I’ll admit I read this one purely because I knew it was surrounded in controversy. I wanted to be a bit of a rebel. It was absolutely amazing and I loved every single minute of it. Every single word. Right up until the end, which spoiled the entire thing for me and made me wish I hadn’t read it (and not in a good way). I gave it five stars because it did truly take me on a journey that was so spectacular, even the worse ending could not take away from it. I just wish it had ended in a more satisfying way. A young girl who has been allowed to grow up playing with street urchins and hang around scholars stumbles onto a quest journey without really knowing it, and playing a large role that she is largely unaware she is playing in the grand scheme of things. Every human has a daemon perched on their shoulder in various animal forms, and she travels with her companion through danger and heartache, eventually coming to realize her place in the world. She is brave and headstrong while still acknowledging her fear. She is kind hearted. And, I mean, the whole armored bear protecting her thing was absolutely adorable. I definitely recommend reading this book, if for no other reason than to be familiar with what is actually in it instead of getting information from the radically polarized. But I’m certain you will find other reasons to read it as well. I want an armored bear plushie now.

The Pirates of Moonlit Bay by Samaire Provost – 5 stars

This book surprised me entirely! It’s by a fairly new author and doesn’t have a lot of visibility yet. And though it sounded a little too….much? (what with the main character being advertised as a princess and a pirate and a paladin), it ALL WORKS. It was so refreshing to read a book that threw convention to the wind that says you can’t have a main character be all those things. Hilarious, good-hearted, and generally joyful, while still dealing with harsh situations. There is a whole slew of strong female characters throughout in the most pleasant and empowering way. A princess runs away from a ball after being proposed to by someone she doesn’t want to marry. Before she can return home, she is kidnapped by pirates and sold into slavery. But that doesn’t last long. On the journey to her new master, she escapes, befriends one of her enemies, battles fantastic beasts and becomes a sisterly protector over a fierce, shape-changing little girl who is actually a griffin. Then she’s captured again and works her way out of slavery once more by surrounding herself with other women allies and friends, drawing out their strengths and being clever as heck. If you like princesses, but also really like capable women, this book will show you the two are not exclusive while making you laugh and smile.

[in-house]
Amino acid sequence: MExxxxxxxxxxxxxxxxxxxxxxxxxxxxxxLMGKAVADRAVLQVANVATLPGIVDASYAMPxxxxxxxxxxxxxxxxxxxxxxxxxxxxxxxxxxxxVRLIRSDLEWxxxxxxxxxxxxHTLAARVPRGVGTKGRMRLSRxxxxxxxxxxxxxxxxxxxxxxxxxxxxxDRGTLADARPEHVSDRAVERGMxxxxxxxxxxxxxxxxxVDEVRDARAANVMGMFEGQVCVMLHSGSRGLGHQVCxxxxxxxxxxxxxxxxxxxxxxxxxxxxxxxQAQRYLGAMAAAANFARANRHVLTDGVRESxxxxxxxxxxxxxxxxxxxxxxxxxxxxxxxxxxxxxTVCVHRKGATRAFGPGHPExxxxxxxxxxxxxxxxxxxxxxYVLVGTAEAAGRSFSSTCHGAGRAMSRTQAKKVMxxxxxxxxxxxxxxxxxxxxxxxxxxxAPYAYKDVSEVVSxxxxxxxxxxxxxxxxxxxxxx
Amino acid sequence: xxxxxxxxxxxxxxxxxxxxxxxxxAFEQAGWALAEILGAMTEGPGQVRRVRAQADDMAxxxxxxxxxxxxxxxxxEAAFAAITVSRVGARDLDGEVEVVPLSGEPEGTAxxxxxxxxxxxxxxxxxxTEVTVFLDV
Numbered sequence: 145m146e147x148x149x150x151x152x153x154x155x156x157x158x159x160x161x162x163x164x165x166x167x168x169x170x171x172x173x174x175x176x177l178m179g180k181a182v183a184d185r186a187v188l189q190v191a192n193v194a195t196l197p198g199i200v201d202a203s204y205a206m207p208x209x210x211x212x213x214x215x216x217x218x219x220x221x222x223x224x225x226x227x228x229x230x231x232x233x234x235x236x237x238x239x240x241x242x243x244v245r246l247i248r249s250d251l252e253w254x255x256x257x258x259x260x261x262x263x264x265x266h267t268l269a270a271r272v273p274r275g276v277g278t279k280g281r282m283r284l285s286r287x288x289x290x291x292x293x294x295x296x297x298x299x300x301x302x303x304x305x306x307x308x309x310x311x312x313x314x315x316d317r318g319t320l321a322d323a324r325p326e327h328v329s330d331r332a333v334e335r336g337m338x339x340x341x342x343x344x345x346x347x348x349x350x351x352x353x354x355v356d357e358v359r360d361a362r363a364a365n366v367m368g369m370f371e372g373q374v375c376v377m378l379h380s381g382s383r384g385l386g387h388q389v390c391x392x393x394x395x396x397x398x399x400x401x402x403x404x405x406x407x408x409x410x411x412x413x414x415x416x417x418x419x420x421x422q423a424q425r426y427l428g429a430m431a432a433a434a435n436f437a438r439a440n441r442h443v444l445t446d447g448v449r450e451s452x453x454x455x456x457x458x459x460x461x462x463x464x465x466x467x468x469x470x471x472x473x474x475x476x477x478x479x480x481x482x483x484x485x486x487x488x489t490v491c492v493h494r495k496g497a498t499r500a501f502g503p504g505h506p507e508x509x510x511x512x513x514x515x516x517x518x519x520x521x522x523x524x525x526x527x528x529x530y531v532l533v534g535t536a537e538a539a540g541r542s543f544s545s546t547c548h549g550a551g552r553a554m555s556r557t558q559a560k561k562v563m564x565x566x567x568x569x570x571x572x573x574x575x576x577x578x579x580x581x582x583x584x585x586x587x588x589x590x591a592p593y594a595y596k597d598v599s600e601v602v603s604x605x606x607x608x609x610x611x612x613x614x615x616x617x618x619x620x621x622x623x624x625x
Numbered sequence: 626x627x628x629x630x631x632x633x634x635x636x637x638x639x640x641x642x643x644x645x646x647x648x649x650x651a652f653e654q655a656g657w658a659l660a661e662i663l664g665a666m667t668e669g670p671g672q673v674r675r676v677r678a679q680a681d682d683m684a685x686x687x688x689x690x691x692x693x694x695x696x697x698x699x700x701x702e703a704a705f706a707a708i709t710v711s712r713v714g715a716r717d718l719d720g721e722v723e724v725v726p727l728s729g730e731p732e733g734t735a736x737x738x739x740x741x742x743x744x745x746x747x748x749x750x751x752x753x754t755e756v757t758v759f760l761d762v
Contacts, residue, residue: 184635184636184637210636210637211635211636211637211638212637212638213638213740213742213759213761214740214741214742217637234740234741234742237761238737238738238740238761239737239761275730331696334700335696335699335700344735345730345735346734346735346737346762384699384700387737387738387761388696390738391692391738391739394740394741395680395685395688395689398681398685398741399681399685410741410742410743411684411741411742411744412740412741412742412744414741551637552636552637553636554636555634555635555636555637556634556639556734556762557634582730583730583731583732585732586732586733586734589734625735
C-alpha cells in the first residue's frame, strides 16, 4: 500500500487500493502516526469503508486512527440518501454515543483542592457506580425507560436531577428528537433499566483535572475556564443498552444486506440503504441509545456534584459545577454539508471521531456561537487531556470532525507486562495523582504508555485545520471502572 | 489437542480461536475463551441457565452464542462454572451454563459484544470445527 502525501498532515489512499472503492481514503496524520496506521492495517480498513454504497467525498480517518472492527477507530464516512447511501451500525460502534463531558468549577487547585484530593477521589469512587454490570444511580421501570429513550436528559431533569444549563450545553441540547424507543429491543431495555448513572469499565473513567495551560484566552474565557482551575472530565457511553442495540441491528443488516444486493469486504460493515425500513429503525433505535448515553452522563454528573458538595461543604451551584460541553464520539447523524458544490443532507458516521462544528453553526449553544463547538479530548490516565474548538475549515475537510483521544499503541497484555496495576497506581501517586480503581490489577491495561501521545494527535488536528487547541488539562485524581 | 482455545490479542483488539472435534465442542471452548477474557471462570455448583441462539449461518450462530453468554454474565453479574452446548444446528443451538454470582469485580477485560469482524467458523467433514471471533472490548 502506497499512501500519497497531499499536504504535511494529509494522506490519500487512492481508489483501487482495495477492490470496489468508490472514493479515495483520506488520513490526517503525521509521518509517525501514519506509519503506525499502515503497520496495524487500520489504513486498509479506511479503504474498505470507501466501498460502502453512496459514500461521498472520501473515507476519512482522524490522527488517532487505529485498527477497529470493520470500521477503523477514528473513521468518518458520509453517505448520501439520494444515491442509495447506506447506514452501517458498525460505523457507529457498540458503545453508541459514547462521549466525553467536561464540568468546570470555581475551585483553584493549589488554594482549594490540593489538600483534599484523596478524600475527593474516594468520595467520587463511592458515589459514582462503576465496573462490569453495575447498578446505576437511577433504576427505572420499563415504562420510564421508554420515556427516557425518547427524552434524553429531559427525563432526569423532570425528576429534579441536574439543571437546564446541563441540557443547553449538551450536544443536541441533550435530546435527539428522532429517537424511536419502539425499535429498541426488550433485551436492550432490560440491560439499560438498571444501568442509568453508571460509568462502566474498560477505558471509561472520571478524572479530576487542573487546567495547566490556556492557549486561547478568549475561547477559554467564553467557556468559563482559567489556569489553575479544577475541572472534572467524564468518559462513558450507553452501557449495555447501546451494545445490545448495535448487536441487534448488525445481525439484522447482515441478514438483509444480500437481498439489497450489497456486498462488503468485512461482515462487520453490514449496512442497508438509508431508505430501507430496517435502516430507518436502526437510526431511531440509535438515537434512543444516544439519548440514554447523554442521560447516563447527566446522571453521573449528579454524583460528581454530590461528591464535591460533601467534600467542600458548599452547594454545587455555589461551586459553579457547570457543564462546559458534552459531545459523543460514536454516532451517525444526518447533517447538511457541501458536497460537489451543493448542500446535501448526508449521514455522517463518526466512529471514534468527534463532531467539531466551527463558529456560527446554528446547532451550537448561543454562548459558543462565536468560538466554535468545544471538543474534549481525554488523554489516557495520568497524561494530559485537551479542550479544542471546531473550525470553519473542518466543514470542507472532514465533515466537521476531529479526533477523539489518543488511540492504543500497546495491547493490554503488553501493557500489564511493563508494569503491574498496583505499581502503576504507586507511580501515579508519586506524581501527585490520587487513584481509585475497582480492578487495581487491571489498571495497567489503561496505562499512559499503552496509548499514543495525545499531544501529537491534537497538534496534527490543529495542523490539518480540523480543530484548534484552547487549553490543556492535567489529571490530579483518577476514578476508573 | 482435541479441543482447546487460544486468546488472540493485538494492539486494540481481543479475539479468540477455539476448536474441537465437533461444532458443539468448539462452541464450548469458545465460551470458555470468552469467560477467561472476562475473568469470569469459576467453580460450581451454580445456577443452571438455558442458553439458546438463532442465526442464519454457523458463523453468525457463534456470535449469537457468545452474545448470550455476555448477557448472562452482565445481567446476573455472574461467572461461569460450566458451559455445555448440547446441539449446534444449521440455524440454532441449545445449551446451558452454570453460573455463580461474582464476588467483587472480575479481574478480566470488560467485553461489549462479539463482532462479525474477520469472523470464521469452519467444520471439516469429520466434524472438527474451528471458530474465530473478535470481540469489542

Honorable mentions, both 5 stars: A Memory Called Empire by Arkady Martine and Skyward by Brandon Sanderson.

I started a new job this year, and the first book I listened to on my new commute was A Memory Called Empire. Thanks to Arkady Martine, my route to work is now forever going to make me think of foreign language poetry competitions and just how deadly they can be.

I was enthralled by Skyward, which was a nice surprise, seeing as how Sanderson can be hit and miss with me. True to Sanderson form, I was thrilled while I was reading the book, but as soon as it ended, it failed to leave a lasting change on me. So I consider it light and enjoyable reading. This would be a great book to read right after you read something heavy and need to just enjoy life again.

What were your favorite books from this past year?

Thanks for reading!

Spoiler-free Character Sketch: Alexia Sullivan

andrew-seaman-4Fi_4Q6_eFM-unsplashAlexia was a character born out of a desire to create someone quickly and throw her into a world that I had already created. In the five years that I spent working on Memory Aether, she has transcended being defined by the world building around her and has taken on a life of her own. I had to bend the story around her more and more as things went on.

Alexia is one of those secretively smart individuals you have to watch out for. She’s half Slytherin, half Ravenclaw. A Slytherclaw if you will.

She probably already knows your Netflix password, but due to her interior ethics, isn’t using it. But she still saves it “just in case”. If I really wanted to peg her down, I might say she’s got a chaotic good allignment, but it depends on which version of her we’re talking about.

When Alexia first entered medical school, she was motivated to find the cure for her ailing mother’s life threatening disease. She was passionate and hungry for knowledge.

But as the war went on, and her mother passed away, her fervor died down and she found herself trapped in a job that hindered her from finding out the things she really wanted to know. The real answers, she was convinced, could only be found on the wrong side of the tracks.

She let her curiosity and passion for finding a cure trump her moral scruples and made friends with hackers, cryptologists, and unlicensed medical technologists who experimented on things they shouldn’t. She eventually found her way to her tribe: The Abature, a place filled with people just like her who weren’t completely rotten, but still felt a need to buck the system every now and then. Together they meted out vigilante justice in electronic form.